‘I’m sorry for the harm that I have caused to the image of the city of Baltimore and the credibility of the office of the mayor…’
(Ian Duncan And Jean Marbella, The Baltimore Sun) Baltimore Mayor Catherine E. Pugh resigned Thursday, apologizing for the harm she has caused to the city’s image and the mayor’s office amid a growing scandal over her sales of a self-published children’s book series.
Following a high-profile raid on her home and several other locations, speculation was rampant that the federal investigation into Pugh’s business dealings could be much more expansive than initially thought.
Pugh submitted a letter of resignation dated Thursday. Her resignation is effective immediately, attorney Steven Silverman said at a news conference. She did not attend, and Silverman took no questions.
“Dear citizens of Baltimore I would like to thank you for allowing me to serve as the 50th mayor. It has been an honor and privilege,” Pugh, 69, said in a statement read by Silverman. “I’m sorry for the harm that I have caused to the image of the city of Baltimore and the credibility of the office of the mayor. Baltimore deserves a mayor who can move our great city forward.”
The Democrat’s defiant pledge last month to return to work gave way after federal agents raided her home and City Hall office a week ago. She becomes the second Baltimore mayor in a decade to quit in connection with a criminal investigation.
Pugh, once seen as a cleaner option in a city with a history of wrongdoing by politicians, was ultimately overtaken by the public outcry over hundreds of thousands of dollars in deals for her “Healthy Holly” books. They were revealed in a series of articles in The Baltimore Sun that began March 13.
Pugh’s story shifted as she tried to account for first the deal to be disclosed, struck with the University of Maryland Medical System when she was a member of the hospital network’s board. She nonetheless called continued questioning by reporters a “witch hunt.”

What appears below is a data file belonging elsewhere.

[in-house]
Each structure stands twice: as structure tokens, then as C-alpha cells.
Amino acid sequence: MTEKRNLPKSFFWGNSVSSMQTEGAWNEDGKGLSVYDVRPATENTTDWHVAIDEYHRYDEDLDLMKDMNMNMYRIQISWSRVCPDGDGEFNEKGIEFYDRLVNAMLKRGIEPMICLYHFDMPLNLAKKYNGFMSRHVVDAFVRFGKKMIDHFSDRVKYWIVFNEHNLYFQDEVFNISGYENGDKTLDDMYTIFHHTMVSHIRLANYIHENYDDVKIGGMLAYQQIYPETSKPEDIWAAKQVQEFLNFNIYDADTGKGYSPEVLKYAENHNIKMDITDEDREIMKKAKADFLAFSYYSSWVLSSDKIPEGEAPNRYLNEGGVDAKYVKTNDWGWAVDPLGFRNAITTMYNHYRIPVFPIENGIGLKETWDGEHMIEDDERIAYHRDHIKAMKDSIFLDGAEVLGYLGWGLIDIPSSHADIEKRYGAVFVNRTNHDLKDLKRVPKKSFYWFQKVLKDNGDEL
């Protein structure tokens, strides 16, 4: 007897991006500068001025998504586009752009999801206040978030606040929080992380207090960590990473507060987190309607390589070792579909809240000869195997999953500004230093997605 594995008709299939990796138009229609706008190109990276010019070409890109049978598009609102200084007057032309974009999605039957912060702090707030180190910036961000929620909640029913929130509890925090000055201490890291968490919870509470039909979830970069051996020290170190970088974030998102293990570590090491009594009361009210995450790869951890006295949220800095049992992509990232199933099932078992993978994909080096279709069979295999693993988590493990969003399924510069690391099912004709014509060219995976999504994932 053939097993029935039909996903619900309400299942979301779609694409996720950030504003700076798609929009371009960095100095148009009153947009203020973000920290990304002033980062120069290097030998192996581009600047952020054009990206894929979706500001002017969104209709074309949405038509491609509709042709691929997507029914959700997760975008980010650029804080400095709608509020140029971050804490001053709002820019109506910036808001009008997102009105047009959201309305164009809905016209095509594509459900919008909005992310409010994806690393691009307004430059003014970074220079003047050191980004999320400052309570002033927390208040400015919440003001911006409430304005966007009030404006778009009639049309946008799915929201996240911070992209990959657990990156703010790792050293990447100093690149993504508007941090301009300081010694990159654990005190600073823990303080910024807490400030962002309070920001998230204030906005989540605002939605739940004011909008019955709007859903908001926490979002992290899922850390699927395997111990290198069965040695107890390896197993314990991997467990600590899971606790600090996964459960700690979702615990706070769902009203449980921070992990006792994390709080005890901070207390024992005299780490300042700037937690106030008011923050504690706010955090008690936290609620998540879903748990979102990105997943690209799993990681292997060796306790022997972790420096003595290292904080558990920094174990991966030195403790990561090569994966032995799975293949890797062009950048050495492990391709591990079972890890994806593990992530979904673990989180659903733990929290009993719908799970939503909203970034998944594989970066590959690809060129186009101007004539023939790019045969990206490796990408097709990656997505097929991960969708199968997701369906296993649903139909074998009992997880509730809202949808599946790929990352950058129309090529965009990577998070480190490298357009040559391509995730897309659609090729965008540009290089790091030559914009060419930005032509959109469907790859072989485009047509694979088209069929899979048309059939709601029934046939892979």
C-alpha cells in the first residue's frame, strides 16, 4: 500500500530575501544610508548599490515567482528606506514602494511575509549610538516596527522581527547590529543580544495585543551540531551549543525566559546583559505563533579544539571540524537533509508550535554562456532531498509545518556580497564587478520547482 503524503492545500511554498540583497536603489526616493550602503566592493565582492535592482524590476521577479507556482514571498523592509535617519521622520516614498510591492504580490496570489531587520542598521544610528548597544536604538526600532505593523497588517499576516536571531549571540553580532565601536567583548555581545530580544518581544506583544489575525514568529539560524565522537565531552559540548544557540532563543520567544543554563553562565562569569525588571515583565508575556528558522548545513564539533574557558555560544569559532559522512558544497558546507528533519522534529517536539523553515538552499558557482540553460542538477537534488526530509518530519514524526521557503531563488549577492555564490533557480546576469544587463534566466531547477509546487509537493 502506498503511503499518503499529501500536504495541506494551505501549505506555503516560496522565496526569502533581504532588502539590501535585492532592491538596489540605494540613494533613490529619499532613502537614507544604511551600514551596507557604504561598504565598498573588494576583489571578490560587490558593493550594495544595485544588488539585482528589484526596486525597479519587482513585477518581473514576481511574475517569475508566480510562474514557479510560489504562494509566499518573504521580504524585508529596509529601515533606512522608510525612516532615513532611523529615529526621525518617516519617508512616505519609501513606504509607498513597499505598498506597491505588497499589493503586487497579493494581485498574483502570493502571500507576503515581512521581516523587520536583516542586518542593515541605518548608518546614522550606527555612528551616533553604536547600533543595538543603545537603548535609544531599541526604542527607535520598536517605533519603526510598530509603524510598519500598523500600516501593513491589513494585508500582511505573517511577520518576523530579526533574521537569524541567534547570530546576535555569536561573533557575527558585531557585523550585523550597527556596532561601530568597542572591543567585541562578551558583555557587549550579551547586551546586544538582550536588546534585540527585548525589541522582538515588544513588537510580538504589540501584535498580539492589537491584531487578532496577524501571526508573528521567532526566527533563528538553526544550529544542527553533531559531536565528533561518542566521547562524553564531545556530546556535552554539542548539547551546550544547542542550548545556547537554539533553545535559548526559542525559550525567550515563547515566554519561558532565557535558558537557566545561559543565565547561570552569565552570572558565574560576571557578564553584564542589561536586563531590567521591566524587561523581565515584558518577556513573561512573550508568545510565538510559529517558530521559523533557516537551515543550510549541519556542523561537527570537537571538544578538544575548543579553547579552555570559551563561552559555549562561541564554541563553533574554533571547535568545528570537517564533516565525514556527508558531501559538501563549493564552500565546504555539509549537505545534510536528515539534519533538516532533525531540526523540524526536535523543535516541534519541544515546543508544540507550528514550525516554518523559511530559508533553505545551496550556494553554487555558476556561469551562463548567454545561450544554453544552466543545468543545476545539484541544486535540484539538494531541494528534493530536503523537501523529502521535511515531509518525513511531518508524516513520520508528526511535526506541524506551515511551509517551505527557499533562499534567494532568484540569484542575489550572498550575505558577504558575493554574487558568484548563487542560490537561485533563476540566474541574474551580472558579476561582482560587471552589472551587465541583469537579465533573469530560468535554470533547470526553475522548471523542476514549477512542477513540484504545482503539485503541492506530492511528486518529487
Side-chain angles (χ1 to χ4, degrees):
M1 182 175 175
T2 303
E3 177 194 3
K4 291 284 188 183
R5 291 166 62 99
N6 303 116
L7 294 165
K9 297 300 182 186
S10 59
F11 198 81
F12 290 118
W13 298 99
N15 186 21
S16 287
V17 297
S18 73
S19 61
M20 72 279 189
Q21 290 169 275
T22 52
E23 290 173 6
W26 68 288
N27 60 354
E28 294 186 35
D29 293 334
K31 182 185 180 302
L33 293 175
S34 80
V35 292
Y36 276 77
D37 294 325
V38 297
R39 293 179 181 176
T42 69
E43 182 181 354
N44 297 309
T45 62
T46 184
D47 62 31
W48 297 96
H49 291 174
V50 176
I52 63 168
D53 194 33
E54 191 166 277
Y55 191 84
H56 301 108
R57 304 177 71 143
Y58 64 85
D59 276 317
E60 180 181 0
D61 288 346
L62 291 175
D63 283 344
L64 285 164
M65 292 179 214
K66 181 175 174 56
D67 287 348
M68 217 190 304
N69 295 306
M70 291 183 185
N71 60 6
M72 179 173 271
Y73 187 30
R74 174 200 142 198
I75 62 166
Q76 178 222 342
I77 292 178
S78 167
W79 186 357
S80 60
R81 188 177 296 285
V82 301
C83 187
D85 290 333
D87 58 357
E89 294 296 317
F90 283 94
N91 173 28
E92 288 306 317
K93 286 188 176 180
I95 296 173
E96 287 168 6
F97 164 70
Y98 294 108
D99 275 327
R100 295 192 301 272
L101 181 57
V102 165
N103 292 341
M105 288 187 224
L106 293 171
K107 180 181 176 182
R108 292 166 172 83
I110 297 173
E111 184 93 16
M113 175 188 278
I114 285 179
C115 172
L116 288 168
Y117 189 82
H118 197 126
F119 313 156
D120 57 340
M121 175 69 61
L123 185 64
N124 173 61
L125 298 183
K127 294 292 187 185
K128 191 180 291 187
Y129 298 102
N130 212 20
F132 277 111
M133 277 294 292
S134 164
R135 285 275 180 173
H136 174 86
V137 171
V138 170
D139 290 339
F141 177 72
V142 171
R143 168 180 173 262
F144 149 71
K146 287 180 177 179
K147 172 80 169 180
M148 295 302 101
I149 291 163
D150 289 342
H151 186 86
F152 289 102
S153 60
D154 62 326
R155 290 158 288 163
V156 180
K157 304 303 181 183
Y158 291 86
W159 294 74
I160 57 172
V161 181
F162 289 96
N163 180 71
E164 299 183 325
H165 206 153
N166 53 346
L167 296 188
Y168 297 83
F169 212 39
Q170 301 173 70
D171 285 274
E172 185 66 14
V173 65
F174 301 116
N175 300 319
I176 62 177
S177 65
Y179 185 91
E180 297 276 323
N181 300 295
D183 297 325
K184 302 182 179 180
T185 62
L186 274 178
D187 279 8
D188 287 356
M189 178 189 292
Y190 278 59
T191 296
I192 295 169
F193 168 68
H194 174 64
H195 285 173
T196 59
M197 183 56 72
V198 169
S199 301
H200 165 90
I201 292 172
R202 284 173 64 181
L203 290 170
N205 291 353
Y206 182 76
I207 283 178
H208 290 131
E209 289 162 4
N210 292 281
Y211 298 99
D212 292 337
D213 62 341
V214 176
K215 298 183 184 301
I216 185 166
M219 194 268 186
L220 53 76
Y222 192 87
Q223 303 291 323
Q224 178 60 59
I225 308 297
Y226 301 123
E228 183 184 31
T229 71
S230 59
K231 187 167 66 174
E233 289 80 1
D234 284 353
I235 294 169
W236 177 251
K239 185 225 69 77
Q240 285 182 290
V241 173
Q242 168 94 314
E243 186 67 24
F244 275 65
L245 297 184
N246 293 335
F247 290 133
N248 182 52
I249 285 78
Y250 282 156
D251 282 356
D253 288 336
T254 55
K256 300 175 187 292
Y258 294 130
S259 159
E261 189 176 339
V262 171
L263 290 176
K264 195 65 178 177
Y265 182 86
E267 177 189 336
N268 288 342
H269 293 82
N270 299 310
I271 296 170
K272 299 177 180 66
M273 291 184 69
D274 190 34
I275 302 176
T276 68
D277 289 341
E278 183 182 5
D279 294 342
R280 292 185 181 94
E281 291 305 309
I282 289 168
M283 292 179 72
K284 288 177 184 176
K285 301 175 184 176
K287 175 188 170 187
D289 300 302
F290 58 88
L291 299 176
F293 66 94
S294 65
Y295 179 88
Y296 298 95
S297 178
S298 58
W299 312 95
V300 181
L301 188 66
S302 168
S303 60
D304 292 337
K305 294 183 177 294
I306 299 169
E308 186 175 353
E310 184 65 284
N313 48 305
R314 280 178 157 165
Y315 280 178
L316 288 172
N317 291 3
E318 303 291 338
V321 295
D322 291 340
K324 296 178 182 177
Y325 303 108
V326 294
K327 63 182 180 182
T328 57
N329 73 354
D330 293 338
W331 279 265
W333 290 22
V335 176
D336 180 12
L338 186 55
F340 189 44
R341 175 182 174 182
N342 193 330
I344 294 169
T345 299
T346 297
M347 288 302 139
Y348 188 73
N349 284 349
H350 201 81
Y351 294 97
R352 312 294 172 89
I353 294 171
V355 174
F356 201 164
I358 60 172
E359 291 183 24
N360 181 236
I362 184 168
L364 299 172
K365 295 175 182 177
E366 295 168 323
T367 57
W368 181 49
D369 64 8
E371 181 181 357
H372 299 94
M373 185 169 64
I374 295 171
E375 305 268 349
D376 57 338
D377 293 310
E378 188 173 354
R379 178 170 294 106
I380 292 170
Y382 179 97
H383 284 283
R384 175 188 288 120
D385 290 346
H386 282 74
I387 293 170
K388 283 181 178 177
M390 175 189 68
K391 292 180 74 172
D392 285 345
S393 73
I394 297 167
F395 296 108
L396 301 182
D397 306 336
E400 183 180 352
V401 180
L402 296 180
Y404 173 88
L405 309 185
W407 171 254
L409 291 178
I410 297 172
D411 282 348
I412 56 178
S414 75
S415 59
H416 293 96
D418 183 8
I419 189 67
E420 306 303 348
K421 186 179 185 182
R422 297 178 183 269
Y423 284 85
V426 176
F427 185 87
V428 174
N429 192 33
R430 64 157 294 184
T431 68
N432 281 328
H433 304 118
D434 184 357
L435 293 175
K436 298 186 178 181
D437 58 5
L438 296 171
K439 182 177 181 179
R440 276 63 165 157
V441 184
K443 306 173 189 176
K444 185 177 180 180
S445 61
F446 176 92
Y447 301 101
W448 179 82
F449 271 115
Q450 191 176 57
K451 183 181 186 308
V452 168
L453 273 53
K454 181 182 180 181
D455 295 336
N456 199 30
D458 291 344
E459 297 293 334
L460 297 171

Then, after being hospitalized for pneumonia, Pugh apologized for the UMMS sales at a City Hall news conference on March 28. But in the process of apologizing she disclosed that some 40,000 books UMMS had paid for were never produced. And in a bizarre twist, the still seriously ill mayor showed off a line of baby clothes.
The following week, it was revealed that other entities had paid for the books, including health insurer Kaiser Permanente, which made payments during the period it successfully sought a $48 million city contract.
Pugh, saying her health remained poor, announced April 1 that she was going on leave and hasn’t been seen in public since.
Council President Bernard C. “Jack” Young has been running city government in Pugh’s place. He was cementing his leadership of the city even before last week’s dramatic federal raids.
Before the scandal, Pugh had tried to bring about positive change in Baltimore, but struggled to curb violent crime that reached historic levels before she took office and remained persistently high.
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